Interview with Shadow of the Past Author

Thacher E. Cleveland has been a comic shop owner, a podcaster, and a writer for Panels on Pages.com. Now he can add one more thing to his résumé; he’s a published author. Earlier this April, Cleveland released his first novel, Shadow of the Past, by self-publishing it online. Shadow of the Past (which can be bought  here: http://www.smashwords.com/books/view/51315) is a horror novel with a bit of mystery. I recently spoke with Cleveland about the book.

Kelly Harrass: You’ve been talking about this book for as long as I’ve known you online. How’s it feel to finally release it?

Thacher E. Cleveland: It’s a great feeling. I’ve had the idea for this book and have been working on it in some way or another since I was in high school (almost…wow, about 15 years now), so to get to a point where I can say “It’s done, I’m ready for everyone to see it, buy it and (hopefully) enjoy it” is the culmination of a lot of hard work and dreams.
 
KH: Could you describe the story a bit?

TEC: The story is about a teenager named Mark Watson who has a generally crappy and unhappy life. Just as he meets a girl that’s interested in him he begins having strange dreams about a young boy in the 50’s that was kidnapped and forced to watch a series of murders. As the dreams become more intense the few people Mark cares about start getting murdered by a supernatural force. Mark has to discover the connection between himself and the murders that took place in the past while trying to keep his life together.

KH: Where did the idea for this book come from?

TEC: The thing with having an idea for a story for so long is that it begins to take on a life of its own. I remember coming up with the initial idea while mowing the lawn and all of the other pieces fell into place over the years. I remember going for a late night walk my first semester of college and finding the outdoor sculpture studio, complete with kiln and various other bits of industrial art materials and that became the basement and furnace of the house on Briarcliff Avenue that killer draws his power from. As little bits came to me here and there it led to re-write after re-write, and in the end I don’t think the final product looks anything like the idea I had mowing the lawn that day. Frankly, we’re better off.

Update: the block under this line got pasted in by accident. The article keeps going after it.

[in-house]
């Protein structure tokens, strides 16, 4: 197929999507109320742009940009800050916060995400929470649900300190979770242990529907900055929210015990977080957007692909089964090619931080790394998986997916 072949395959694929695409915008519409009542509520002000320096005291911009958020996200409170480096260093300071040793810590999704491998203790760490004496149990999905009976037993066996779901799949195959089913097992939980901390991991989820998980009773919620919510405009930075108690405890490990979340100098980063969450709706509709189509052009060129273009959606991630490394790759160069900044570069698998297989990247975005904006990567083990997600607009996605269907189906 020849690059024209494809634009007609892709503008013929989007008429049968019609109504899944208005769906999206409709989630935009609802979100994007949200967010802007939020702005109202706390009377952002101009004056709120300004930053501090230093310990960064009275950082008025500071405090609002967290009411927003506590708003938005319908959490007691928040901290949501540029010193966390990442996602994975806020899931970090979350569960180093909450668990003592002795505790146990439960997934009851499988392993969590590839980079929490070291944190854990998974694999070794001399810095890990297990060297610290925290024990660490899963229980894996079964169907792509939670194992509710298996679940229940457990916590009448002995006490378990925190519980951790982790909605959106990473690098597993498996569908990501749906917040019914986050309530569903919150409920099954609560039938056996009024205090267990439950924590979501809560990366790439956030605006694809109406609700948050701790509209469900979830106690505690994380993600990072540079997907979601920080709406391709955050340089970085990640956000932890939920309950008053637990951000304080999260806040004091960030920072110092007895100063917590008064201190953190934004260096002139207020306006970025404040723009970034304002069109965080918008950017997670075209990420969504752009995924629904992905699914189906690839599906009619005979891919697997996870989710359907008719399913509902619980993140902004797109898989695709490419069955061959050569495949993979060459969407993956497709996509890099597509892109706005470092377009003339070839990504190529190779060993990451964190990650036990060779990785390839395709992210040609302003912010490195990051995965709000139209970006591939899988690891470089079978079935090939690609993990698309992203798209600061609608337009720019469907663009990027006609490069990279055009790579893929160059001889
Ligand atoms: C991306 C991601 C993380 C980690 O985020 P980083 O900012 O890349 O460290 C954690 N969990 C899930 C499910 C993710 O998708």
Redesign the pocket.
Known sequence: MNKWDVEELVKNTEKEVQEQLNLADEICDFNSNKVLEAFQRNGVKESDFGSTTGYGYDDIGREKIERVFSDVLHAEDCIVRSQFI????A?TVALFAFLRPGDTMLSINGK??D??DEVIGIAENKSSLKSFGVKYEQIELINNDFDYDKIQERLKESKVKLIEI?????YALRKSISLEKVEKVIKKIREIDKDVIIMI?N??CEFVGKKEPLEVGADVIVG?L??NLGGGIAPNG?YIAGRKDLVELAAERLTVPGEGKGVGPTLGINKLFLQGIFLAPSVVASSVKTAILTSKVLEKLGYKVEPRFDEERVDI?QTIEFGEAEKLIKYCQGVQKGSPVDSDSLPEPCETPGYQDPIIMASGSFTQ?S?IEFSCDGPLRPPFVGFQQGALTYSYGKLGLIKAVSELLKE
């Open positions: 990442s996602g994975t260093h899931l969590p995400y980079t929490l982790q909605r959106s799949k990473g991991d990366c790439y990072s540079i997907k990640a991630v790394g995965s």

KH: What writers have influenced your own writing style?

TEC: I’ve always been a huge Stephen King fan and that’s informed a lot of my ideas on what and how to write. Elmore Leonard is also a big influence, as he uses exactly as many words as you need to paint and picture. In a lot of ways he’s King’s opposite, so it’s nice to see both ends of the spectrum. More recently the novels of Charlie Huston have made an impact on me as well. His style is very unique as he doesn’t use any descriptors for his dialogue at all, and that forces you to put a lot more thought into what people are saying instead of just how they said it.
 

 
KH: This is a horror novel, but what genre of horror does it fall into?  

TEC: It would probably be considered “slasher,” as you’ve got one big villain and a fair amount of high profile elaborate kills, although I think the gore is just under Nightmare on Elm Street and Friday the 13th levels. Then again, I’m a horrible judge of these things. One of my proofreaders wasn’t into horror much at all and found herself in for a surprise.
 

 
KH: You self-published this book in an exclusively ebook format, do you think that this is the future of publishing? 
 
TEC: It’s the future but I don’t know when in the future. 5 years? 10? The entire publishing industry is going through a bit of an upheaval and the Internet’s ability to publish content instantaneously worldwide is the number one reason for that. Now that eCommerce has become a viable industry of its own it was only a matter of time before folks found a way to distribute content in a matter beneficial to artists and the distributors. The real key will be seeing how current print book publishers and stores adapt to these changes. Right now anyone can write, package and put a book up for sale and keep up to 70% of what that book makes. For some that’s just a couple bucks, but for some writers like JA Konrath and Amanda Hocking it’s close to the millions, and they are doing it without a “real” publisher.

Ultimately, content is king and the Internet is the ultimate proof of that.
 

 
KH: What can we expect from you next?
TEC: I have a couple of short stories about a pair of New York City private detectives that specialize in the supernatural that I’m going to be releasing for free in the next couple of months. I’m still working on some scripts and getting people together to work on some webcomics, and sitting in the background I have a second novel about a third of the way finished. I’m hoping that I’ll be able to get it done and in people’s hands by Christmas. This Christmas, even. After taking 15 years to put out my first novel I’d like to cut that time in half. At least.

If you’re interested in checking out Shadow of the Past you can read a two chapter sample here: http://www.demonweasel.com/wp-content/uploads/2011/02/ShadowofthePastsample.pdf

Once you’re done with the preview you can buy the book in a wide variety of formats here: http://www.smashwords.com/books/view/51315

Shadow of the Past is available from Amazon.com as well: http://www.amazon.com/dp/B004VF69RS

More info on the book can be found at http://www.goodreads.com/book/show/11038325-shadow-of-the-past

For more information on Thacher go to http://www.demonweasel.com/ or find him on Twitter at www.twitter.com/demonweasel

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